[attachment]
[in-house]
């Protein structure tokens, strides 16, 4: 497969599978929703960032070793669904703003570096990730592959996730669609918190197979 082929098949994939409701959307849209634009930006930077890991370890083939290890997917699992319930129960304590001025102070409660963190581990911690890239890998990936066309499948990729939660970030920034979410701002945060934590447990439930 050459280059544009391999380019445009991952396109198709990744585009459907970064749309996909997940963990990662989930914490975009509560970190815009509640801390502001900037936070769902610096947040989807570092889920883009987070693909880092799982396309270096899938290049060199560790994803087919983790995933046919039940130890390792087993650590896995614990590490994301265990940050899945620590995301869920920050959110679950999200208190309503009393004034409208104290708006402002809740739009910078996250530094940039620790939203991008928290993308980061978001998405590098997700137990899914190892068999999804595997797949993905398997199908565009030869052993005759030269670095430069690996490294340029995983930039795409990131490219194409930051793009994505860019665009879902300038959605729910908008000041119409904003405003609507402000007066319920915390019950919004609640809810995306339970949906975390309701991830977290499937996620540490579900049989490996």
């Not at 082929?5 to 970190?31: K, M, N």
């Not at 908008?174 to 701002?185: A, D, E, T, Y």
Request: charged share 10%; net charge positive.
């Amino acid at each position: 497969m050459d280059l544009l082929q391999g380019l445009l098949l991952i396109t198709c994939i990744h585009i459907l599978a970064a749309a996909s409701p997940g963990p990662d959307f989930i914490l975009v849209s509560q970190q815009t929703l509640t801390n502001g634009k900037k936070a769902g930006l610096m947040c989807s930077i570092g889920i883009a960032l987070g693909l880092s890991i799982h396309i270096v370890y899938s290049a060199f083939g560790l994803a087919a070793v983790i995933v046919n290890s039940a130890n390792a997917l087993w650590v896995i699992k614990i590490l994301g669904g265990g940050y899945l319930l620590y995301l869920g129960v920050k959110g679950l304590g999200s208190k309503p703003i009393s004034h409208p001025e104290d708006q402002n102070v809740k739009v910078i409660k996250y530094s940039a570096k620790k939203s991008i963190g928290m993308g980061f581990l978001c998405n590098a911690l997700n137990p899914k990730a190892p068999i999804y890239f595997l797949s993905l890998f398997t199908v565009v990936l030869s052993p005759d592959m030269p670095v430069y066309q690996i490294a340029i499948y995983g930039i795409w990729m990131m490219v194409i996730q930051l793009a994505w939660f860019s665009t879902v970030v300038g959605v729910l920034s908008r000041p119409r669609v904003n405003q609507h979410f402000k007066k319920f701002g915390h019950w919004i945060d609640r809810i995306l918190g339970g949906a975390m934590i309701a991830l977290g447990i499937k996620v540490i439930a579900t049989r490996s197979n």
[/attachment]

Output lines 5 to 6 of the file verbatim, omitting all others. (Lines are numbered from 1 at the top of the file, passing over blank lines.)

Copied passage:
Request: charged share 10%; net charge positive.
């Amino acid at each position: 497969m050459d280059l544009l082929q391999g380019l445009l098949l991952i396109t198709c994939i990744h585009i459907l599978a970064a749309a996909s409701p997940g963990p990662d959307f989930i914490l975009v849209s509560q970190q815009t929703l509640t801390n502001g634009k900037k936070a769902g930006l610096m947040c989807s930077i570092g889920i883009a960032l987070g693909l880092s890991i799982h396309i270096v370890y899938s290049a060199f083939g560790l994803a087919a070793v983790i995933v046919n290890s039940a130890n390792a997917l087993w650590v896995i699992k614990i590490l994301g669904g265990g940050y899945l319930l620590y995301l869920g129960v920050k959110g679950l304590g999200s208190k309503p703003i009393s004034h409208p001025e104290d708006q402002n102070v809740k739009v910078i409660k996250y530094s940039a570096k620790k939203s991008i963190g928290m993308g980061f581990l978001c998405n590098a911690l997700n137990p899914k990730a190892p068999i999804y890239f595997l797949s993905l890998f398997t199908v565009v990936l030869s052993p005759d592959m030269p670095v430069y066309q690996i490294a340029i499948y995983g930039i795409w990729m990131m490219v194409i996730q930051l793009a994505w939660f860019s665009t879902v970030v300038g959605v729910l920034s908008r000041p119409r669609v904003n405003q609507h979410f402000k007066k319920f701002g915390h019950w919004i945060d609640r809810i995306l918190g339970g949906a975390m934590i309701a991830l977290g447990i499937k996620v540490i439930a579900t049989r490996s197979n």